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Bench hug

One father on why he left a legacy to the MS Society

Hannah Maunder

Mike tells us why pride and hope for his daughter inspired him to leave a legacy to help stop MS

Family usually come first when people think about their Wills. It just feels to my wife and me that people with MS are now part of our wider family.

We started making monthly donations to MS Society Scotland when our daughter was diagnosed with MS. We’re now retired, not wealthy, but lucky enough to have savings and pensions that meet our needs.

Obviously, any help you give to a charity stops when you die – so we’ve left legacies to the MS Society.

Our daughter lives well with MS

Our daughter’s diagnosis when she was in her 20s was a big blow, knowing that it made her future so uncertain.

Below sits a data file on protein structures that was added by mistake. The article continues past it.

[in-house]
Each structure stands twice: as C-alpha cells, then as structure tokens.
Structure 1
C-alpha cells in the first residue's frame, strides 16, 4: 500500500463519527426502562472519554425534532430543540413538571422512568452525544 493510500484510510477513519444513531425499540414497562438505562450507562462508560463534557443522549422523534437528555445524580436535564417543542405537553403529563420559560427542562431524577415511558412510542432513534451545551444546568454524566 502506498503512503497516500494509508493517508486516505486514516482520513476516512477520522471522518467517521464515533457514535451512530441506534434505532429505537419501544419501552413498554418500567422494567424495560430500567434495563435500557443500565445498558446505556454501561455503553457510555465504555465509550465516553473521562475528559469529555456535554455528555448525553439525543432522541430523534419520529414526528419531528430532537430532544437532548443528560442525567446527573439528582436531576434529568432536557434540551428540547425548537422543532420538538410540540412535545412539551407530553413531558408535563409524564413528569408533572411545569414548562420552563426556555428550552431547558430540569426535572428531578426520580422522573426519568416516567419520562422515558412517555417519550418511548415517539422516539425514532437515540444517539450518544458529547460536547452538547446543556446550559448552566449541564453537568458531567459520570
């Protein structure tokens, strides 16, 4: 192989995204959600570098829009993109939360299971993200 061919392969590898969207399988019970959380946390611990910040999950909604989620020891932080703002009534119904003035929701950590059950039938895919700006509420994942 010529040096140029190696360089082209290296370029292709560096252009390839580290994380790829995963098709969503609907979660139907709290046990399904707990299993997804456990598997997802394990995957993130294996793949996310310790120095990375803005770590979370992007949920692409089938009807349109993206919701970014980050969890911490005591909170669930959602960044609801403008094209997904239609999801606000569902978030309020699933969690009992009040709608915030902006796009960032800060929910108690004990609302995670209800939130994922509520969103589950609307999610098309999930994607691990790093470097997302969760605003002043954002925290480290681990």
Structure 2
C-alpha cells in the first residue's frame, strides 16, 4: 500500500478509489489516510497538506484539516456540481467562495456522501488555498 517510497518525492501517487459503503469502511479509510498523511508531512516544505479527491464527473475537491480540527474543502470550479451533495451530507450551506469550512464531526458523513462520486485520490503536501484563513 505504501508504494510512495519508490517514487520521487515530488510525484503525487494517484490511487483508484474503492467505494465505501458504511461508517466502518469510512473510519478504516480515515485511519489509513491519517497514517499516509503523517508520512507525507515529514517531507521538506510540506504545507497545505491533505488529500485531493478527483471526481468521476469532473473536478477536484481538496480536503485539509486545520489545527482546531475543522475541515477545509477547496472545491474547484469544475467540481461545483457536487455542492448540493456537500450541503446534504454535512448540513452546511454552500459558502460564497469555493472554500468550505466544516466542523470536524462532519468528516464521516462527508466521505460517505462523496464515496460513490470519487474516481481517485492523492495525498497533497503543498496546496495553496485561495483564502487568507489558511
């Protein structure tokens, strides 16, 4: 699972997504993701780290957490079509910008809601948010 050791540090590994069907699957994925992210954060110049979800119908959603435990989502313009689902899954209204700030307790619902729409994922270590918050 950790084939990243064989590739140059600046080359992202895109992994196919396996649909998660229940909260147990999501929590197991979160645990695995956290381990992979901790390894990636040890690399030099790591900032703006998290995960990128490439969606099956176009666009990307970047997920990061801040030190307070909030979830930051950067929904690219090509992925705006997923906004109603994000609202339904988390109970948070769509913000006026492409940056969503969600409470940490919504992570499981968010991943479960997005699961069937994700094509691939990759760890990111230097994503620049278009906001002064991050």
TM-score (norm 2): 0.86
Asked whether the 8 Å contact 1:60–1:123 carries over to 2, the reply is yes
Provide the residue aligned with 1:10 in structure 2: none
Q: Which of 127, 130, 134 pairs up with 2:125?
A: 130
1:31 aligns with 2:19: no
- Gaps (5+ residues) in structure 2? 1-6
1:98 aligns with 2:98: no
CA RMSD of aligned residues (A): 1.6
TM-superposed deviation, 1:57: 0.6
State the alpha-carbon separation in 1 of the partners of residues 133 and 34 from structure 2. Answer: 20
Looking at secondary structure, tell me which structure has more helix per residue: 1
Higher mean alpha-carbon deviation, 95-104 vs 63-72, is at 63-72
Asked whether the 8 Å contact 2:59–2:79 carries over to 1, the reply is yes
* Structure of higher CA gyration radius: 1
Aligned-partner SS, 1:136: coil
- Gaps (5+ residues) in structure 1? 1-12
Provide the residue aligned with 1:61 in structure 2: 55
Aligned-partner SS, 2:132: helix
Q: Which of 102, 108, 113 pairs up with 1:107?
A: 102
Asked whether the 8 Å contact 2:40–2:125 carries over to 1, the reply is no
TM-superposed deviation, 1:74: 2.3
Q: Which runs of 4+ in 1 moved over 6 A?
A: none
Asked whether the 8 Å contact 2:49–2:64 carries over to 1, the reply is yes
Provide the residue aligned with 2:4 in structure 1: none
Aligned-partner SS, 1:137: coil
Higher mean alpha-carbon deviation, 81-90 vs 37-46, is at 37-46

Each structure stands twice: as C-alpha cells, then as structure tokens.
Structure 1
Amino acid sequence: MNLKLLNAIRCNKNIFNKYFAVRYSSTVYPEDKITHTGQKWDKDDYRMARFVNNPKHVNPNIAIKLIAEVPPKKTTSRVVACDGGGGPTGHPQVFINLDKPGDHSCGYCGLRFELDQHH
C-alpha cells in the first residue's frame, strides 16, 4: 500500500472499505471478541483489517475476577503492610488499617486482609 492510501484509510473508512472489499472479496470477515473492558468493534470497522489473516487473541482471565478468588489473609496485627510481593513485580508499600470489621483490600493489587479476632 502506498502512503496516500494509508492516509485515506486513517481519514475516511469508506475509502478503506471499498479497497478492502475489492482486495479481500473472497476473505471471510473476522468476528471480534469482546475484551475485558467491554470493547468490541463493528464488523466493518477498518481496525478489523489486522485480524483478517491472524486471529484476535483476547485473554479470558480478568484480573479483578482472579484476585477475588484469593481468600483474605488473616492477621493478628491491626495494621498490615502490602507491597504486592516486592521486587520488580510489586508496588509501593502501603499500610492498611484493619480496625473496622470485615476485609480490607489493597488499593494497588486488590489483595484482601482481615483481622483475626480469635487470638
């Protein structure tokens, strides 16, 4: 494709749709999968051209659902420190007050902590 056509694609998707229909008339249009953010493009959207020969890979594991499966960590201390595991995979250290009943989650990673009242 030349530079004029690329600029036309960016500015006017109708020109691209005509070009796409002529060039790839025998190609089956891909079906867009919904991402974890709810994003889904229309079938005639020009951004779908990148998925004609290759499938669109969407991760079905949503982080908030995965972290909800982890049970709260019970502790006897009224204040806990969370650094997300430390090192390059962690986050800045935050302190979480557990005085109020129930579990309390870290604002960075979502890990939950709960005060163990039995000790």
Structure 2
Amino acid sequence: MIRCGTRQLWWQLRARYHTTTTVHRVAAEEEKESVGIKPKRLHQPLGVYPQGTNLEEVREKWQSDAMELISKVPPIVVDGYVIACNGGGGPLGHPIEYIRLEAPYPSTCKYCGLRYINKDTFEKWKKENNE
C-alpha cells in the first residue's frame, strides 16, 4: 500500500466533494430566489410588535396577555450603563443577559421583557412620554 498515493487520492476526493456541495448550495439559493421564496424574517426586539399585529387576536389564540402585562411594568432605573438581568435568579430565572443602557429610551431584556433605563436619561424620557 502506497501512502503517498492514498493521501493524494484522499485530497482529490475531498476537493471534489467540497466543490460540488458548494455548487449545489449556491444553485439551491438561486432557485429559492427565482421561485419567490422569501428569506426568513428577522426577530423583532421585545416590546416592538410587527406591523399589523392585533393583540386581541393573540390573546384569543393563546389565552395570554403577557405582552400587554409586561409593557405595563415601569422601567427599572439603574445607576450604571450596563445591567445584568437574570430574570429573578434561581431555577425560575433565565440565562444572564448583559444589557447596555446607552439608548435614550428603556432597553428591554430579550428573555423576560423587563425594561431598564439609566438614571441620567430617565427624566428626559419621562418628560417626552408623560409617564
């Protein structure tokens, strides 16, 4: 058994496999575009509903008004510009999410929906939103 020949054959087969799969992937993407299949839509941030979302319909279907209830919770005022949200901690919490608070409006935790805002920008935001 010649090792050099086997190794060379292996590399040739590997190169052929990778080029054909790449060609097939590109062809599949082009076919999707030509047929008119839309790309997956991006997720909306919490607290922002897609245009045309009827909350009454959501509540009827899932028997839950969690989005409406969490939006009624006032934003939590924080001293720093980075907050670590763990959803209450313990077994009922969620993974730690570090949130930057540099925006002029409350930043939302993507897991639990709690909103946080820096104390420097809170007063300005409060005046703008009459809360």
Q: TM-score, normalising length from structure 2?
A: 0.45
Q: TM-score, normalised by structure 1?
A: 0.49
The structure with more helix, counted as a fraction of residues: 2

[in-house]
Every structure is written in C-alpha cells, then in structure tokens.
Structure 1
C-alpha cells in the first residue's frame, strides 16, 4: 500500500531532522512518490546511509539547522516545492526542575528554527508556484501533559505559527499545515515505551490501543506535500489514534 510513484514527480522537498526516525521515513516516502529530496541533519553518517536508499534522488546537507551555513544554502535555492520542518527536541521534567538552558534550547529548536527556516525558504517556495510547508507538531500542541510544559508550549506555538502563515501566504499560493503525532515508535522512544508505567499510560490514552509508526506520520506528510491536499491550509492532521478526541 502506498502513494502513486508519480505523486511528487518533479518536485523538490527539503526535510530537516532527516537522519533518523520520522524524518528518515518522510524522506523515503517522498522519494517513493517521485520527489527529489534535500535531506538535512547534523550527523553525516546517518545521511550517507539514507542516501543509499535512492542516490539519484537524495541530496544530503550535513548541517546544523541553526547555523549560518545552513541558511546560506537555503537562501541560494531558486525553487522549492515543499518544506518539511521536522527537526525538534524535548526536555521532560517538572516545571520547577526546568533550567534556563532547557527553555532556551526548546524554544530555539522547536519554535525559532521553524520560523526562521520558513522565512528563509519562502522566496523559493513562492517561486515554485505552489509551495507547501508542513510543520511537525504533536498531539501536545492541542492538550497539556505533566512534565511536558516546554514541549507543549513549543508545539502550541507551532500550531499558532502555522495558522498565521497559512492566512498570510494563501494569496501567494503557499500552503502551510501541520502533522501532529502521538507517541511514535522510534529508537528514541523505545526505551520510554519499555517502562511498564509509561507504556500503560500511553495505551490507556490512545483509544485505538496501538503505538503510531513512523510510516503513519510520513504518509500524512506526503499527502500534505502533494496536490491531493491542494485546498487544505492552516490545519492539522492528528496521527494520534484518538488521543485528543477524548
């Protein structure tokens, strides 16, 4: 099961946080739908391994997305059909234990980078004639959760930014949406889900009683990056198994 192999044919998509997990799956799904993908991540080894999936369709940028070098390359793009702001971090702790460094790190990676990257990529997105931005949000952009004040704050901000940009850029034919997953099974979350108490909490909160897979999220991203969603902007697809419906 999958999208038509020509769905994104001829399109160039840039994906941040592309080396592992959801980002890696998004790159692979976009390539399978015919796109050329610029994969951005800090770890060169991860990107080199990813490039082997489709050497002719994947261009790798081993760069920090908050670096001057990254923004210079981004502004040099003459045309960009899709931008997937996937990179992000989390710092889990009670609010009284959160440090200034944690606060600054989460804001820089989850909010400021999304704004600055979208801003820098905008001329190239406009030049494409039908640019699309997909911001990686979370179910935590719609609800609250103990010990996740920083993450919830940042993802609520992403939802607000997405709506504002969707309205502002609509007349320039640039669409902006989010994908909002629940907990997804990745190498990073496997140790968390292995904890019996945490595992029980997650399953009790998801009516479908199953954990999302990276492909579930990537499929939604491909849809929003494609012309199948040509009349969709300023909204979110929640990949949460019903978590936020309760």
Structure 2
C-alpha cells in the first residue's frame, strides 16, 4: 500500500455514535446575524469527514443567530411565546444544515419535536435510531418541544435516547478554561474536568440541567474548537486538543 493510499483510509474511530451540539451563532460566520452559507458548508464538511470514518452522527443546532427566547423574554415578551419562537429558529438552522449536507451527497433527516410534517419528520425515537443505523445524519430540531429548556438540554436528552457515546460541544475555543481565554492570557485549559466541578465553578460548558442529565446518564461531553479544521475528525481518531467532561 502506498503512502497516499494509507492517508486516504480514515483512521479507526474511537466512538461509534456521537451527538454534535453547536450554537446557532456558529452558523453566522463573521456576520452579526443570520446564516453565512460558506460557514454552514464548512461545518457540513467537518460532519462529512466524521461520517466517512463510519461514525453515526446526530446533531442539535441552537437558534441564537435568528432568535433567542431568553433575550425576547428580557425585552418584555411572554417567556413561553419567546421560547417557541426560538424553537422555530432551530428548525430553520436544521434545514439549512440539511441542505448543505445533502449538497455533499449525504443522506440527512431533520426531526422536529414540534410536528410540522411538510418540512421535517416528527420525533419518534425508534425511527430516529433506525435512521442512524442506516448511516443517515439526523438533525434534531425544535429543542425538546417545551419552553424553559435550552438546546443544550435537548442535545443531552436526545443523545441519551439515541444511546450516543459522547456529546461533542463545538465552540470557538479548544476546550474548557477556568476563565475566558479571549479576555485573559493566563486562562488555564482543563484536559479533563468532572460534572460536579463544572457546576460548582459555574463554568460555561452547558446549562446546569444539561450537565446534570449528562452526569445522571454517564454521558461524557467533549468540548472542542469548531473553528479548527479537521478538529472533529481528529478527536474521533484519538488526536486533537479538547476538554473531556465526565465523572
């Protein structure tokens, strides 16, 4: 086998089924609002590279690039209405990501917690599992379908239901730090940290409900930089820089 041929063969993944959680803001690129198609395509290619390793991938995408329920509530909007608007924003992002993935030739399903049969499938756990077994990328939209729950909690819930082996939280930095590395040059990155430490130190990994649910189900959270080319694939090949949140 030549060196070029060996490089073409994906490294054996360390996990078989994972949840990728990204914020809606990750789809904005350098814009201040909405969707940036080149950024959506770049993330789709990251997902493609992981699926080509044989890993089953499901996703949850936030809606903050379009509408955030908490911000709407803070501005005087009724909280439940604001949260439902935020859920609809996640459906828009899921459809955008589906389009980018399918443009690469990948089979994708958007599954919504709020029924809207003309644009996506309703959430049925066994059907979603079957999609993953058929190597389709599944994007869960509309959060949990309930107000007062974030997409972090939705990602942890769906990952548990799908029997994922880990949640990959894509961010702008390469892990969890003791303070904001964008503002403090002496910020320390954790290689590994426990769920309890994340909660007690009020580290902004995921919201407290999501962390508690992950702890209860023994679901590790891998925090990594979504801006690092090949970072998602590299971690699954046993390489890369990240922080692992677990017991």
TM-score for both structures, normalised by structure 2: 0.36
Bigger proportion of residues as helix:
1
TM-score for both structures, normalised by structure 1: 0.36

As a family, we try to tackle things as matter-of-factly as we can. Our daughter has moved to a bungalow, and she goes swimming instead of doing some of the other activities she used to enjoy. She’s now in her early 40s, with a (very energetic!) nine year-old daughter of her own.

Her struggles with walking are pretty constant, but the only significant relapse she’s had so far was after her daughter was born. She takes a disease modifying treatment, and has a knowledgeable and sympathetic MS nurse she can call on at any time, as well as having regular medical check-ups.

She also joined the MS Society some years ago, and knows what a comprehensive range of help and information they can provide on every aspect of living with MS.

Proud dad wanting to make a difference

As the father of a daughter with MS, I have lots of mixed emotions – the initial shock and apprehension, pride in the positive way our daughter has coped with her condition, and a hope not only that her condition will remain relatively stable, but that research will continue to make real progress in tackling MS head-on.

Leaving a legacy to help fund research and support is easy. A few minutes of paperwork, and the job’s done. It’s simple but very valuable – and every little helps.

We all resolve to do things we know are important, but too often our busy lives overtake us.

To prevent that happening, follow the famous slogan and, if you can afford to, ‘just do it’!